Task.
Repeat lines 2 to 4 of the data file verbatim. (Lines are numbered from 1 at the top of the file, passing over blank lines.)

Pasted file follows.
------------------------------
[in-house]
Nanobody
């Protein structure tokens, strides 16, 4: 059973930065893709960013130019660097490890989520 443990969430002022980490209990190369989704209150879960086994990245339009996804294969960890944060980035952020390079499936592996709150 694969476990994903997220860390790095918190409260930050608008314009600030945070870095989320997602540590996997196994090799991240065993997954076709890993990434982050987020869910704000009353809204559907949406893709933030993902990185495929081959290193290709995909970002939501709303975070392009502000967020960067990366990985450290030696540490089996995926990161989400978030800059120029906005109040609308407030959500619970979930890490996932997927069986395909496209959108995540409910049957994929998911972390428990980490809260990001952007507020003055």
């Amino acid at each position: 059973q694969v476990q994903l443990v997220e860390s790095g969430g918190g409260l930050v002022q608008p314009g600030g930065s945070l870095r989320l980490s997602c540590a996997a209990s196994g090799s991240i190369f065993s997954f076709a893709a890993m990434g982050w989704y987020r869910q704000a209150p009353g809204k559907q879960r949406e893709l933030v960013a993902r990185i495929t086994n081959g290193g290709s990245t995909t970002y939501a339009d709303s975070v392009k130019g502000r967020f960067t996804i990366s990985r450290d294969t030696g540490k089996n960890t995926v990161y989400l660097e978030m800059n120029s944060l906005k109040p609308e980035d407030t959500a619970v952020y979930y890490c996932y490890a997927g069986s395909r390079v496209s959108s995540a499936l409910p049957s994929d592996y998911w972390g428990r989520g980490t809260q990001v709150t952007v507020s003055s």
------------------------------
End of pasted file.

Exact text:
Nanobody
């Protein structure tokens, strides 16, 4: 059973930065893709960013130019660097490890989520 443990969430002022980490209990190369989704209150879960086994990245339009996804294969960890944060980035952020390079499936592996709150 694969476990994903997220860390790095918190409260930050608008314009600030945070870095989320997602540590996997196994090799991240065993997954076709890993990434982050987020869910704000009353809204559907949406893709933030993902990185495929081959290193290709995909970002939501709303975070392009502000967020960067990366990985450290030696540490089996995926990161989400978030800059120029906005109040609308407030959500619970979930890490996932997927069986395909496209959108995540409910049957994929998911972390428990980490809260990001952007507020003055």
């Amino acid at each position: 059973q694969v476990q994903l443990v997220e860390s790095g969430g918190g409260l930050v002022q608008p314009g600030g930065s945070l870095r989320l980490s997602c540590a996997a209990s196994g090799s991240i190369f065993s997954f076709a893709a890993m990434g982050w989704y987020r869910q704000a209150p009353g809204k559907q879960r949406e893709l933030v960013a993902r990185i495929t086994n081959g290193g290709s990245t995909t970002y939501a339009d709303s975070v392009k130019g502000r967020f960067t996804i990366s990985r450290d294969t030696g540490k089996n960890t995926v990161y989400l660097e978030m800059n120029s944060l906005k109040p609308e980035d407030t959500a619970v952020y979930y890490c996932y490890a997927g069986s395909r390079v496209s959108s995540a499936l409910p049957s994929d592996y998911w972390g428990r989520g980490t809260q990001v709150t952007v507020s003055s």